Syria: Learning to cope
Syria is suffering the effects of the civil war. Forty percent of the nation's infrastructure has been destroyed. Four million people have been bombed out of their homes. Everyday life is becoming increasingly difficult in the worst-hit regions. Impressions from Andreas Stahl
Syria's civil war has been raging since March 2011. It's thought that almost 70,000 people have so far been killed in the armed conflict. The city of Aleppo has been especially hard hit in the clashes between rebels and government troops. Blood-splattered walls serve as a stark reminder of the previous day's fight in a school room on the outskirts of Aleppo.
The Killing goes on: Mohammed, 27, takes aim at regime forces. Only a day before, he was shot in the foot by a sniper, but that hasn't stopped him from taking up the same position from which he was hit.
Doctors operate on an injured rebel fighter in an improvised hospital. At present, medics here carry out 18 such operations on average every day. Their own lives are at risk should they be discovered by hostile groups.
A People's Defence Units (YPG) soldier during a ceasefire between the Islamic group Jabat al Nusra and the Kurdish YPG army. The Kurds are also caught up in the civil war in Syria. They claim that they do not take any side in the war and are fighting for a future Syria with equal rights for the Kurdish population, both against the Syrian Army and the Free Syrian Army.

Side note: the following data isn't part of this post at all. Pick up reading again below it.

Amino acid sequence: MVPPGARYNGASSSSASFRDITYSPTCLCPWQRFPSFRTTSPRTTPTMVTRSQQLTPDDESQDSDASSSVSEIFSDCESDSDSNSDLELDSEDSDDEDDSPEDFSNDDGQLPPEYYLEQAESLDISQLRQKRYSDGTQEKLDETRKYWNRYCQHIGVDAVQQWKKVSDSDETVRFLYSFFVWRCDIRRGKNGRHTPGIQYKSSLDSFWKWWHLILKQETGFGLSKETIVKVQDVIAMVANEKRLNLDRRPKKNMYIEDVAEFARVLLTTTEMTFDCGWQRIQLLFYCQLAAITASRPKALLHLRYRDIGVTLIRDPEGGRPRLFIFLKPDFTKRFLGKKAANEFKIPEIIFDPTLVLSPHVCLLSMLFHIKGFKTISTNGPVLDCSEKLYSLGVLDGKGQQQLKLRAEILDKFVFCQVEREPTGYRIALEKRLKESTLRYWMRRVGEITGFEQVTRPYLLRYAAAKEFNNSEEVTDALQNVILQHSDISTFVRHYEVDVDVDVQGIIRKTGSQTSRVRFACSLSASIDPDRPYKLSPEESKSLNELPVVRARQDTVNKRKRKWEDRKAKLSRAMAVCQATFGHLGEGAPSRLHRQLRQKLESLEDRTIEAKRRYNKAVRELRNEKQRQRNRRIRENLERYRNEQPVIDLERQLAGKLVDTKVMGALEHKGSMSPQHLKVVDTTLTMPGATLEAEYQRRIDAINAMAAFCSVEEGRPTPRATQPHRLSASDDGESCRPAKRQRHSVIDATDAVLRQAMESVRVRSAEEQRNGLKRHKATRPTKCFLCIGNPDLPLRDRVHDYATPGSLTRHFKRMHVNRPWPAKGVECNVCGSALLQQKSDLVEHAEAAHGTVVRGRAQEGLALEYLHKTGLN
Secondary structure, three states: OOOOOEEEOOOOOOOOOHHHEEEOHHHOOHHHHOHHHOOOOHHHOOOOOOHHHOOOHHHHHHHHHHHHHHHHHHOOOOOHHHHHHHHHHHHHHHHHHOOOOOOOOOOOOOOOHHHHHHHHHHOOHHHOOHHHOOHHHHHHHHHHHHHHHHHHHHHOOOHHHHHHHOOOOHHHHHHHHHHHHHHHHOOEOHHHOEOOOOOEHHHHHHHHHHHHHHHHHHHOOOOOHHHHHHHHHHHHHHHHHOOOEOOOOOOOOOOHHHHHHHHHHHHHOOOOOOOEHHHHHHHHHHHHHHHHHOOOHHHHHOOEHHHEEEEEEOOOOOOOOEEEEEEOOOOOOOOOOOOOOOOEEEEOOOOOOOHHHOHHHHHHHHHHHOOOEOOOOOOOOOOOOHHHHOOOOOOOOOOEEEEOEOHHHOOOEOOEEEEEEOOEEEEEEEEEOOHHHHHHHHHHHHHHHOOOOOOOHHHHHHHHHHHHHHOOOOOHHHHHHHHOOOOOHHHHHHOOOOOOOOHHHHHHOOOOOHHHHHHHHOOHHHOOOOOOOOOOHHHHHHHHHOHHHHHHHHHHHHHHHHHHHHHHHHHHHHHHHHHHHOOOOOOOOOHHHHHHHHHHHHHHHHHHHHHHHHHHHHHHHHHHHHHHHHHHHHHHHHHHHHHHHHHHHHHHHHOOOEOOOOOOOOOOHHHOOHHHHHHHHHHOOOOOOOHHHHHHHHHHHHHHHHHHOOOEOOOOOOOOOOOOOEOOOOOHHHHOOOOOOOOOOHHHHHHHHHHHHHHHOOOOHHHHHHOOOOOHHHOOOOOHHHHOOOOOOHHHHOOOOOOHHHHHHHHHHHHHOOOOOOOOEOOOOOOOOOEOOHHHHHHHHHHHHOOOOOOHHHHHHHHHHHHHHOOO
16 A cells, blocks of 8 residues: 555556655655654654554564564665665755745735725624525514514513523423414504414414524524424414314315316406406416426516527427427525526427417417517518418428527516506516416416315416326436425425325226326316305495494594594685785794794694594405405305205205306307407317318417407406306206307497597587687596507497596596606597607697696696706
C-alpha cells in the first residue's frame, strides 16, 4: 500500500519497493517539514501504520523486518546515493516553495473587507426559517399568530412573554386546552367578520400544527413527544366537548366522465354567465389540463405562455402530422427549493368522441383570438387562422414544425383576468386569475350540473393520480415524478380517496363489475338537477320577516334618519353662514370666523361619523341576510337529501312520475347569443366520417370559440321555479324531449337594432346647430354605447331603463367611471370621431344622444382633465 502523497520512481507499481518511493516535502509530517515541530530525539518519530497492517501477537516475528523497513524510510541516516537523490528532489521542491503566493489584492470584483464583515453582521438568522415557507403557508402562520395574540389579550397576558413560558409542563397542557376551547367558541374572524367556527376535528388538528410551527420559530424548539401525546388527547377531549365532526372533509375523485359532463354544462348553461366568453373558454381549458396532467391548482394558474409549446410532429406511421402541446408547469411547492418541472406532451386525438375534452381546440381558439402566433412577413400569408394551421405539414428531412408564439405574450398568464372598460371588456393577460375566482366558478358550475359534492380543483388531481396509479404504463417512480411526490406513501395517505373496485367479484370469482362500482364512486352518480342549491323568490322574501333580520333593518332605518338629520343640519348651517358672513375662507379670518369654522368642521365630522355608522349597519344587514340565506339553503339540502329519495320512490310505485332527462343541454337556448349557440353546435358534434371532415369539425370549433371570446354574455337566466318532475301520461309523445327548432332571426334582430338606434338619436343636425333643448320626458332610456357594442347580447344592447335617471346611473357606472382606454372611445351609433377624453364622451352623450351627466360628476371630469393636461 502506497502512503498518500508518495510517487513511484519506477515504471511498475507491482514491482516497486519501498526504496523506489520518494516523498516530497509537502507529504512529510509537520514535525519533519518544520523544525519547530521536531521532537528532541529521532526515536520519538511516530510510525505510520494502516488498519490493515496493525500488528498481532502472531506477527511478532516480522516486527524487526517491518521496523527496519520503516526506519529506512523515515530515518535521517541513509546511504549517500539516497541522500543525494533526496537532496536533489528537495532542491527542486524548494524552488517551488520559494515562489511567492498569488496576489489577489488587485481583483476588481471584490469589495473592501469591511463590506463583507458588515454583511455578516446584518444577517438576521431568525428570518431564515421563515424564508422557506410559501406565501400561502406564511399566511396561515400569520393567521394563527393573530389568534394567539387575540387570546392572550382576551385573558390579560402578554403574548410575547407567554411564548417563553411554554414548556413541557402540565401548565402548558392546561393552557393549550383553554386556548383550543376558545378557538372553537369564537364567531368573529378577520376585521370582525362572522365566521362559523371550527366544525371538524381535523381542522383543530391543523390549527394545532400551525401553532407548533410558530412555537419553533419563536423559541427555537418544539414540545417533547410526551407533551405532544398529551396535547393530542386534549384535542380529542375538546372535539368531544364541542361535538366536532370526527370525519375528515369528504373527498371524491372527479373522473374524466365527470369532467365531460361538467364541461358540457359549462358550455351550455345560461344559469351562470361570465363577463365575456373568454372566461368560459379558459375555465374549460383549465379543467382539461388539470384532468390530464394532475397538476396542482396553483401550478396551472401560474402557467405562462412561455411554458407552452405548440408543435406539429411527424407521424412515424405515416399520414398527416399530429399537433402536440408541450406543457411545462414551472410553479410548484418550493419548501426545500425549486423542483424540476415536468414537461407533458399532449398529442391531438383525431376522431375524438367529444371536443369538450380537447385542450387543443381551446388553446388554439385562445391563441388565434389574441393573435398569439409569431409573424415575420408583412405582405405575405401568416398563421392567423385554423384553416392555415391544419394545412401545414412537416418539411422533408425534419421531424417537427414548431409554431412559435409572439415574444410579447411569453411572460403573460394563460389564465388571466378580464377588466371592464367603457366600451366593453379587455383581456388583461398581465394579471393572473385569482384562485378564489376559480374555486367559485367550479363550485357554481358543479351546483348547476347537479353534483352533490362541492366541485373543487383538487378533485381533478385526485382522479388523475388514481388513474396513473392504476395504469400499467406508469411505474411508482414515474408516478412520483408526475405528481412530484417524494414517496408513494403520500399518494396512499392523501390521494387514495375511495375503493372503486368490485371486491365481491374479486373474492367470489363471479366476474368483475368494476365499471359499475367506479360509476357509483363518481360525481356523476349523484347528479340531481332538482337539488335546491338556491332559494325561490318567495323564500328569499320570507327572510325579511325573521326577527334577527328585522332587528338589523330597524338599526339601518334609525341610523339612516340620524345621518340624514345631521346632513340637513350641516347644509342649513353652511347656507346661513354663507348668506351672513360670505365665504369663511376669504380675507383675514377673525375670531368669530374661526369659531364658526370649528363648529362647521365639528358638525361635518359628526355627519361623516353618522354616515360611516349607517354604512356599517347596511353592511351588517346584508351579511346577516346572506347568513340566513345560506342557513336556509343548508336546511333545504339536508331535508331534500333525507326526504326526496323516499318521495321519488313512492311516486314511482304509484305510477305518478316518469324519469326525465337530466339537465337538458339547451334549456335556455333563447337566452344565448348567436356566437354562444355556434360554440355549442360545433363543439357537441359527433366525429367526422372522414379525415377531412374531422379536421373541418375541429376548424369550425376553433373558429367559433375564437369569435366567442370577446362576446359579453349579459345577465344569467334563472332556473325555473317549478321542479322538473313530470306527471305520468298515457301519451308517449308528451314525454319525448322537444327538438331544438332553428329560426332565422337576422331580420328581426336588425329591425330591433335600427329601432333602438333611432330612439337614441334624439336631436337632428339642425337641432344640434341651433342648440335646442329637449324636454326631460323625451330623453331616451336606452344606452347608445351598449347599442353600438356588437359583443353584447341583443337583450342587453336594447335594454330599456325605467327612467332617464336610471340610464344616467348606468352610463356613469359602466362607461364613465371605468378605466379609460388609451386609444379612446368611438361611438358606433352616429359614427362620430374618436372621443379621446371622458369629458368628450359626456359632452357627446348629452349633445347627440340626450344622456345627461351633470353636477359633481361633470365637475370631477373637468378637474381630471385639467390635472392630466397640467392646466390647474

Almost three million houses have been destroyed in the Syrian civil war, and an increasing number of people are being made homeless. A four-year-old girl's doll found in her destroyed room after a regime air strike that hit her house a few weeks ago.
700,000 Syrians have now left their homeland and fled to neighbouring states. Refugees no longer accepted by Turkey find themselves stranded here at the Atmeh camp. Nestled in olive groves stretching to the Turkish border, this camp is home to 15,000 displaced Syrians. Over 5,000 of these are children who are putting a brave face on a desperate situation.
Safa often stays at the camp all day – people want to confide in her and share their traumatic experiences. Safa, who works as an art therapist, provides colors and paper which she purchases with her own savings each time she visits the children in the camp in Atmeh. Drawing sessions can sometimes go on all day as a never-ending queue waits for some creative release.
Nine-year-old Abdullah and his family have been living at the camp for a while now. He originates from the city of Hama – but his house was bombed by troops loyal to the regime. Many of the children here are showing signs of trauma such as panic attacks and insomnia.
But when the children draw or paint, the images they create are not all negative. Some of them also remember a time before the war broke out, when Syria was at peace. Young girls draw images of their destroyed homes, while others depict beautiful scenes from their lives before the revolution.